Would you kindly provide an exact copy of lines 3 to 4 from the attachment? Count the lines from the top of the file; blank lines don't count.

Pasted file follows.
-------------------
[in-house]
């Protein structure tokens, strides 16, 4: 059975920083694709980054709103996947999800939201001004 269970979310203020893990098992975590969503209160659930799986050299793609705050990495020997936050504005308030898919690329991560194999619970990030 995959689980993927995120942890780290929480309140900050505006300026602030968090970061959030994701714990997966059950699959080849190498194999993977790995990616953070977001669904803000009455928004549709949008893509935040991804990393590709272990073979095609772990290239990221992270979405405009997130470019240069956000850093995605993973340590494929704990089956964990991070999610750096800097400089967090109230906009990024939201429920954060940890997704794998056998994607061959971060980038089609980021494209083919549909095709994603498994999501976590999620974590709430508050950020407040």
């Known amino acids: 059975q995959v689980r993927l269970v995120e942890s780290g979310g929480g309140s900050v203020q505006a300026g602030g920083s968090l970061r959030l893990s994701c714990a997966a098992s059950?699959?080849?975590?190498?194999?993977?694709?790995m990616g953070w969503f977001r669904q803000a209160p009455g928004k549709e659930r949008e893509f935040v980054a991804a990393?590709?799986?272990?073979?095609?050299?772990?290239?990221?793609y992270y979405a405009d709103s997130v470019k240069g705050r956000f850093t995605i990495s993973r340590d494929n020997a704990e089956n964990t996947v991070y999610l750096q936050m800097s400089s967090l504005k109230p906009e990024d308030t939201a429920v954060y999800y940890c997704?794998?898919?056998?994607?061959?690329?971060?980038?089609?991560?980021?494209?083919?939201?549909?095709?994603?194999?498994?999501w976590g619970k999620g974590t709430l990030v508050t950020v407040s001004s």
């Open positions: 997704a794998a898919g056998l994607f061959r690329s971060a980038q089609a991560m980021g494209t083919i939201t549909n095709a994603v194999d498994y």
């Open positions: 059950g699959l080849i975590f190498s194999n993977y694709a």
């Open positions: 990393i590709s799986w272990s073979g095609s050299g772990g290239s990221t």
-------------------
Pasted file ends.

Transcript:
């Known amino acids: 059975q995959v689980r993927l269970v995120e942890s780290g979310g929480g309140s900050v203020q505006a300026g602030g920083s968090l970061r959030l893990s994701c714990a997966a098992s059950?699959?080849?975590?190498?194999?993977?694709?790995m990616g953070w969503f977001r669904q803000a209160p009455g928004k549709e659930r949008e893509f935040v980054a991804a990393?590709?799986?272990?073979?095609?050299?772990?290239?990221?793609y992270y979405a405009d709103s997130v470019k240069g705050r956000f850093t995605i990495s993973r340590d494929n020997a704990e089956n964990t996947v991070y999610l750096q936050m800097s400089s967090l504005k109230p906009e990024d308030t939201a429920v954060y999800y940890c997704?794998?898919?056998?994607?061959?690329?971060?980038?089609?991560?980021?494209?083919?939201?549909?095709?994603?194999?498994?999501w976590g619970k999620g974590t709430l990030v508050t950020v407040s001004s």
């Open positions: 997704a794998a898919g056998l994607f061959r690329s971060a980038q089609a991560m980021g494209t083919i939201t549909n095709a994603v194999d498994y």